Fifth Generation Cell Towers Coming To Ponce Inlet
November 23, 2021
By Joe Perrone: joe.perrone@C4Pi.org
Even if you’ve purchased a new 5G phone, you won’t get 5G functionality until 5G service has been installed in town. But, unlike the existing tall 4G cell tower adjacent to Pollard Park, it won’t be from one giant tower but from a string of poles winding their way through the streets. While the State of Florida, in its Advanced Wireless Infrastructure Deployment Act, addressed broadband infrastructure in the public rights-of-way by service providers and infrastructure companies, State law limits the degree to which a local government may regulate such wireless communication facilities. The Act, however, does permit municipalities to adopt objective design standards that may require wireless facilities in the rights-of-way to meet reasonable location context, color, stealth, and concealment requirements, along with spacing and location requirements for ground-mounted equipment.
In anticipation of the eventual installation by wireless infrastructure providers of 5G service within the Town’s right-of-way, and recognizing that without a local ordinance in place such providers may construct facilities in a manner that can create safety and aesthetic issues, the Town Council on November 19th approved (at first reading) an ordinance to adopt regulations related to such placement, maintenance, and replacement of said wireless and other communications facilities. The process leading up to the adoption of the new ordinance began back in May when the Council directed Planning Department staff to research Federal/State preemptions, as well as examples of local ordinances, to establish a uniform process for the permitting of wireless communications facilities within the Town’s right of way. At the Council’s June meeting, planning staff presented an overview of the State’s regulations establishing the parameters of a local government’s permitting authority for such facilities, after which the Council directed staff to prepare draft regulations for review by the Planning Board. At the Board’s public meetings in September and October, planning staff received feedback regarding desired aesthetic requirements for pole-mounted and ground-mounted equipment, placement locations within the Town’s right-of-way, landscaping, and application submittal requirements.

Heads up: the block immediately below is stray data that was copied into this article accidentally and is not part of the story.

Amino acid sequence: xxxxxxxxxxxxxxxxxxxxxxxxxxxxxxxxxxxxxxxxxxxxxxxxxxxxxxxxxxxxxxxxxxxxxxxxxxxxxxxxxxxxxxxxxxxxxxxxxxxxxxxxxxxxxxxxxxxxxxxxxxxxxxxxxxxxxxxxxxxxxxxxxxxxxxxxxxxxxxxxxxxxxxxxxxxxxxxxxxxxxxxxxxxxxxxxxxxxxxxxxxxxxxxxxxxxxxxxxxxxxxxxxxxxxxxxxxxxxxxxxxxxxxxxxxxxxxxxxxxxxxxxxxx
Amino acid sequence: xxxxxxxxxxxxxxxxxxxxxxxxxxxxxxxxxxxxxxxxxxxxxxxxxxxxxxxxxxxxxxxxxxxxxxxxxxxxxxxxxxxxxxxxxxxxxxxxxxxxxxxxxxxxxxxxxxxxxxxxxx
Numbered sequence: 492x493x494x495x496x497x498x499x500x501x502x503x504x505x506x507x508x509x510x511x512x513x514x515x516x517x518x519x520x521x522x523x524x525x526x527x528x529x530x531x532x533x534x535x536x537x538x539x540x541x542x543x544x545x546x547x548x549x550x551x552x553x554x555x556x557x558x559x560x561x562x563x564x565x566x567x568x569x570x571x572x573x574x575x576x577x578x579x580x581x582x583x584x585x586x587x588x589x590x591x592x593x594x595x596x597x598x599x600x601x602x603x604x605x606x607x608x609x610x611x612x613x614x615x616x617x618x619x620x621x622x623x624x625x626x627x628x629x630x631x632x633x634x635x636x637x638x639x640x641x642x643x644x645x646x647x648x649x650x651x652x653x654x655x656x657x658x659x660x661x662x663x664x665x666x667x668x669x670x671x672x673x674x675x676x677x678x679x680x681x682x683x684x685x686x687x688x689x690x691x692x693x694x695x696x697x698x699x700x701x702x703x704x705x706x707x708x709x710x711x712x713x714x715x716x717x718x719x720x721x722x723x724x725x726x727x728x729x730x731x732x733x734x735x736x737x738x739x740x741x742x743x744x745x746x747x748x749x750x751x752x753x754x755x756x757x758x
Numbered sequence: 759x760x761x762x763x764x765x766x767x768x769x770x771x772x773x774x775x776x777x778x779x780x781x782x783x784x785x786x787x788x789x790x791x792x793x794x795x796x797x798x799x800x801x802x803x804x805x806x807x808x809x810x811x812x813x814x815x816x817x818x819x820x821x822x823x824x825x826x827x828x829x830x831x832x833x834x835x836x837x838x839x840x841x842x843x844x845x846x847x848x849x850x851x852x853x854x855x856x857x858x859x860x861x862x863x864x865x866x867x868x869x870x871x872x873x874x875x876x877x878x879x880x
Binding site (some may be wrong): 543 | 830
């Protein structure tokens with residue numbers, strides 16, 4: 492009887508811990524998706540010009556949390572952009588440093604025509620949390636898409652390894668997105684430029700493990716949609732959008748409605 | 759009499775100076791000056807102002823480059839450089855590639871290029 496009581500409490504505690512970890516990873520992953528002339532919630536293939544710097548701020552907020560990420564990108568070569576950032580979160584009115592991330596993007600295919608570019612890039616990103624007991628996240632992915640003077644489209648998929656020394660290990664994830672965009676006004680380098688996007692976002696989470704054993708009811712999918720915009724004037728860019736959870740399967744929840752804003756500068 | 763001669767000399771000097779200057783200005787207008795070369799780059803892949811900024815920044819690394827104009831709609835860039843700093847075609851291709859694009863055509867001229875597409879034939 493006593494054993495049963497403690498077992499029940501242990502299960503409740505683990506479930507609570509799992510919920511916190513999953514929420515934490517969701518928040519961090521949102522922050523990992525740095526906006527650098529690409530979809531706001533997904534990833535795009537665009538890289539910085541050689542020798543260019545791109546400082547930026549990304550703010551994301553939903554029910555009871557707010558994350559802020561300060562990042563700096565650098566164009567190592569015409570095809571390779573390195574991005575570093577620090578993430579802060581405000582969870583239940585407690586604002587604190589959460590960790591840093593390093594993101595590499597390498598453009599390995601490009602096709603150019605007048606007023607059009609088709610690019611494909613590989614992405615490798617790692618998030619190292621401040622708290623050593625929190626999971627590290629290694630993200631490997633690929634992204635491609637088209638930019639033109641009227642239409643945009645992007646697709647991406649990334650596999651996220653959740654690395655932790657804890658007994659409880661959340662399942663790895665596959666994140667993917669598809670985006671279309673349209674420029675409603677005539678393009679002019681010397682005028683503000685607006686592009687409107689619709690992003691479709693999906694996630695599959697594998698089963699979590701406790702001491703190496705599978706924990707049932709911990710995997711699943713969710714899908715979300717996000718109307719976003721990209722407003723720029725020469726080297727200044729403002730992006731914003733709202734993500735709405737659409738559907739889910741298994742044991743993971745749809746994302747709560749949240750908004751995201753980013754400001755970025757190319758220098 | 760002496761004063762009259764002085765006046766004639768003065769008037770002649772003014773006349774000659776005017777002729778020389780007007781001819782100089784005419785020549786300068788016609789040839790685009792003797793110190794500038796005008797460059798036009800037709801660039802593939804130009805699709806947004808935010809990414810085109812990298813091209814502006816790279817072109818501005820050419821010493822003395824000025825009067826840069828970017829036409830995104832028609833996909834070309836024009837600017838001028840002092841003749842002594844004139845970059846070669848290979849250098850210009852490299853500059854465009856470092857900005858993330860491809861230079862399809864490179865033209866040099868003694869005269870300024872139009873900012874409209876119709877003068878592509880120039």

The new ordinance (a) provides for objective design standards requiring new poles to be consistent with the predominant utility pole type at the location of new poles, (b) prohibits exposed wires or cables by requiring them to be completely enclosed within the utility pole or covered with a shroud or wrap matching the pole cover, (c) requires the use of “slim design” equipment that does not exceed the diameter of the utility pole by a certain amount, (d) requires “stealth design” by which new utility poles or structures must be substantially similar in design, material, and color as existing poles, (e) prohibits the attachment of signage or extra lighting unless required by Federal/State regulation, (f) requires ground-mounted equipment to be placed within a 10-foot radius from the utility pole and located in areas with existing foliage or concealed with additional plantings, (g) requires utility poles to be placed on the outside edge of the right-of-way and adjacent to the shared common property line between adjoining properties, and encourages that they be placed equidistant between existing utility poles, (h) limits the height of new utility poles to that of the tallest pole located in the same right-of-way within 500 feet of the proposed location, and to 50 feet in height if no utility pole is in the vicinity (the pole-mounted equipment cannot exceed 10 feet above the top of the pole), and (i) provides a cross-reference to the standards for utilities in the Lighthouse Overlay District and Riverfront Overlay District, wherein all above-ground utility components (e.g., transformers, meters, etc.) shall be screened by plant material or a decorative wall.